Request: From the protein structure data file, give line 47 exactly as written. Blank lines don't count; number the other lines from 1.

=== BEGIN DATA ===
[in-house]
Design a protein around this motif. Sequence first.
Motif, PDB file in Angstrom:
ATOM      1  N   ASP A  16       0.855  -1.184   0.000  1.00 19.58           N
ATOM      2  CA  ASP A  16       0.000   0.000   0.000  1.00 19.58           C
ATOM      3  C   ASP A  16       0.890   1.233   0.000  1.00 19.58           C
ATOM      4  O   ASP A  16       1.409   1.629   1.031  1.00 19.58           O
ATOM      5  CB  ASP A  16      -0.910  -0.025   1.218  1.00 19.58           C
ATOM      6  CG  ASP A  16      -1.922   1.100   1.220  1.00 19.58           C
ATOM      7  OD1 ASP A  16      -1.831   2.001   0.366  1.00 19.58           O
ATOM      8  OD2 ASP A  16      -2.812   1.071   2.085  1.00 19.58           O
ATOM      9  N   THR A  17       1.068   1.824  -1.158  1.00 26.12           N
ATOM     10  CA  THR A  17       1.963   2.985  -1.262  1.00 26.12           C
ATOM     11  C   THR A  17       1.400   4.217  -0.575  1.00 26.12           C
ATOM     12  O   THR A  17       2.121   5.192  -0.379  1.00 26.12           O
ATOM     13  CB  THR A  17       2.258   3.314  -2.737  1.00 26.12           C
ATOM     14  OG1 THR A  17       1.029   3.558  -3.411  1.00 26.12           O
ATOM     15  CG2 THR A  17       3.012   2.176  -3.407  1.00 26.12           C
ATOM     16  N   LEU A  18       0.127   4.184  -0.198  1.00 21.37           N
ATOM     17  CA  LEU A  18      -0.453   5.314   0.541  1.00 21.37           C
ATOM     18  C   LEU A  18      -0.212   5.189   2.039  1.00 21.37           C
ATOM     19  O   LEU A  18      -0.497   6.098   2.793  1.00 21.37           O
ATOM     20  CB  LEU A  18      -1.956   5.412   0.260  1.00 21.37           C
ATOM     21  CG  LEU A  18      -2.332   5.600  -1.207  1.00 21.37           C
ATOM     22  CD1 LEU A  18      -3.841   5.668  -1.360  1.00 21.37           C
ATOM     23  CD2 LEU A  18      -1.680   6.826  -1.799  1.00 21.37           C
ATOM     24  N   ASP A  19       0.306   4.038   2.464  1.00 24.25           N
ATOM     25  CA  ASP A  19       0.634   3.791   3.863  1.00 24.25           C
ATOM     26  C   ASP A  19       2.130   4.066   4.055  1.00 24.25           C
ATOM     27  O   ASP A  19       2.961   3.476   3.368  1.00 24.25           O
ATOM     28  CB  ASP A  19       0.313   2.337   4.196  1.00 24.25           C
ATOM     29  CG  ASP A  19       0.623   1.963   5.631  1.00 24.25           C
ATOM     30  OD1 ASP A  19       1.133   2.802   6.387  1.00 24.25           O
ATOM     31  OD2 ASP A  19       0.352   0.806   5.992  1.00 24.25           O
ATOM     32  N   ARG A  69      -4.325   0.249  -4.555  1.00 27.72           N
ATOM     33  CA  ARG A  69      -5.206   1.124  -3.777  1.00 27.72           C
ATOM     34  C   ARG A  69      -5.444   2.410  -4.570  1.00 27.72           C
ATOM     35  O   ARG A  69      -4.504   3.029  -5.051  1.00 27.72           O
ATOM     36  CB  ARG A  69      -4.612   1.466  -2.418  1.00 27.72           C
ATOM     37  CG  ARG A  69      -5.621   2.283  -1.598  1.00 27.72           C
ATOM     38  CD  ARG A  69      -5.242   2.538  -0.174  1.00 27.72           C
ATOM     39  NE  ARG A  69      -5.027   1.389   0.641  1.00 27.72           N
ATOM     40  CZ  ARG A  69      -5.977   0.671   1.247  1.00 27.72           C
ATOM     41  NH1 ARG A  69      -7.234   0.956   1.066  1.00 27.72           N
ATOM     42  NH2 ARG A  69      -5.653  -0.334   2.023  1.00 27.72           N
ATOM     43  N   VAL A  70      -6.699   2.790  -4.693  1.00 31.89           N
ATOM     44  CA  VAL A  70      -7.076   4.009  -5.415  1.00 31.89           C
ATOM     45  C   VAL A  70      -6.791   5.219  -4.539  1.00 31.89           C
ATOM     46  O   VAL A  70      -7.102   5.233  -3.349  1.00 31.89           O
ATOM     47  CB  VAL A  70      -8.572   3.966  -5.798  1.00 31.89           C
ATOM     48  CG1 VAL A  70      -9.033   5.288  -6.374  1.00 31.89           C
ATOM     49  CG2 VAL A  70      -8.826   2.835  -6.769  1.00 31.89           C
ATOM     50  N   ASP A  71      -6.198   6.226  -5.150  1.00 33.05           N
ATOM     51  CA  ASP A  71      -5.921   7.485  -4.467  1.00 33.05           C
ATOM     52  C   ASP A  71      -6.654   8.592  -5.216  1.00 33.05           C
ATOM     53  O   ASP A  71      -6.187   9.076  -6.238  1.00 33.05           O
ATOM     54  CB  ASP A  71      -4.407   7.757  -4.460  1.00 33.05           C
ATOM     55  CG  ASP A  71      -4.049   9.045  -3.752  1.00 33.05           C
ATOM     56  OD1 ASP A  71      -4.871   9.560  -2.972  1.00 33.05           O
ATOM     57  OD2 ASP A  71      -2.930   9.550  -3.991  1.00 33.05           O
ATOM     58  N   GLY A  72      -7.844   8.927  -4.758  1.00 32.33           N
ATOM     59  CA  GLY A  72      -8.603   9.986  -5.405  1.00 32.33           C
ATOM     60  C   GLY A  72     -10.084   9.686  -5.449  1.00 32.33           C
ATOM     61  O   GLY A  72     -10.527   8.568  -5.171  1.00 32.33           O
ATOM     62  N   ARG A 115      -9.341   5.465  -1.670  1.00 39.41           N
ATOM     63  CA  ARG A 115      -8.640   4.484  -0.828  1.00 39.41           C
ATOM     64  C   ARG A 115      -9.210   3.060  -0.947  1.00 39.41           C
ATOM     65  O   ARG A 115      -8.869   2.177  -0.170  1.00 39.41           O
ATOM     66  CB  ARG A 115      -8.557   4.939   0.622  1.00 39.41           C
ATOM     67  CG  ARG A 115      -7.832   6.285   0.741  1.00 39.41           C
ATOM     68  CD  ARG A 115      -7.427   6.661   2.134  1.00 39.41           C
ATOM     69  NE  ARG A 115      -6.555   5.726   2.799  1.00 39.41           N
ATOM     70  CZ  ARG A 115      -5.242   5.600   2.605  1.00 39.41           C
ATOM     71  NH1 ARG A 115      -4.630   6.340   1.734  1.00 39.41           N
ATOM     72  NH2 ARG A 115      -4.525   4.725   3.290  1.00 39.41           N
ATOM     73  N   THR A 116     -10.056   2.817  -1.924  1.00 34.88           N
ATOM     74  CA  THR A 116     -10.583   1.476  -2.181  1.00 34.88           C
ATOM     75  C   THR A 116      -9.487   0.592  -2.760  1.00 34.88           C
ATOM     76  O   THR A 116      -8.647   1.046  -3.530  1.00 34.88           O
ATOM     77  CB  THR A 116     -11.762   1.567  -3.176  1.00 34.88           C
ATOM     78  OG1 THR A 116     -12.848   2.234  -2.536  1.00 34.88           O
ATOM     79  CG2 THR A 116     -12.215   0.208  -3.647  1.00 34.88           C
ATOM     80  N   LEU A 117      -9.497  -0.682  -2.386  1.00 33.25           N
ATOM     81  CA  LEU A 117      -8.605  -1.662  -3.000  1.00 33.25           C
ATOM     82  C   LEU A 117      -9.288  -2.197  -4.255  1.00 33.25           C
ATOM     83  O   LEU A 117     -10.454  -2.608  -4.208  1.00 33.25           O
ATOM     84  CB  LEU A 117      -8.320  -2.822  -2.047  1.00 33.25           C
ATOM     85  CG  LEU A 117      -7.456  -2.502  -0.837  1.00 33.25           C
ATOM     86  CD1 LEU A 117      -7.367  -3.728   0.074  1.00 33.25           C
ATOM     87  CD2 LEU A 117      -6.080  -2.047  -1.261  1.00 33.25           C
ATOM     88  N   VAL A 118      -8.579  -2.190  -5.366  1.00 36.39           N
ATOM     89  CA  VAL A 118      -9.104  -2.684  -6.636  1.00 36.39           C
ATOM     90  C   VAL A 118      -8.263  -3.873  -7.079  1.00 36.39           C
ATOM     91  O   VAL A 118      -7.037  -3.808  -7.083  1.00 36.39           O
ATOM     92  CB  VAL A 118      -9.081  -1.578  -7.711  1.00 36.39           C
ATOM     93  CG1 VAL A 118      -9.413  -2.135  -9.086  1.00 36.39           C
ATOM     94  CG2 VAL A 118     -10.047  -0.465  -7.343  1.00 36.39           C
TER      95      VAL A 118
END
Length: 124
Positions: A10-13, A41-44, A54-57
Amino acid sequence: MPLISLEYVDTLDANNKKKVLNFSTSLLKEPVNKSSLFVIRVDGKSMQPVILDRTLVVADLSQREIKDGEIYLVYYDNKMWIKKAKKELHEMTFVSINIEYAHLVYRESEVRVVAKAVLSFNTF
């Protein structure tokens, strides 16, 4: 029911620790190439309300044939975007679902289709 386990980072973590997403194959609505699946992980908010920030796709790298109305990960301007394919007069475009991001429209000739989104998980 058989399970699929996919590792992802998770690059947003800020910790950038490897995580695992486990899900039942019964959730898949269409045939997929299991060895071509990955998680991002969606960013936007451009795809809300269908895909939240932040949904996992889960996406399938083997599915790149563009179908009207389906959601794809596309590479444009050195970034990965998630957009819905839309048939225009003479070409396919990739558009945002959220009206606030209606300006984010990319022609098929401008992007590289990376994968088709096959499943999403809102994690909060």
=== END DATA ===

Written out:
ATOM     44  CA  VAL A  70      -7.076   4.009  -5.415  1.00 31.89           C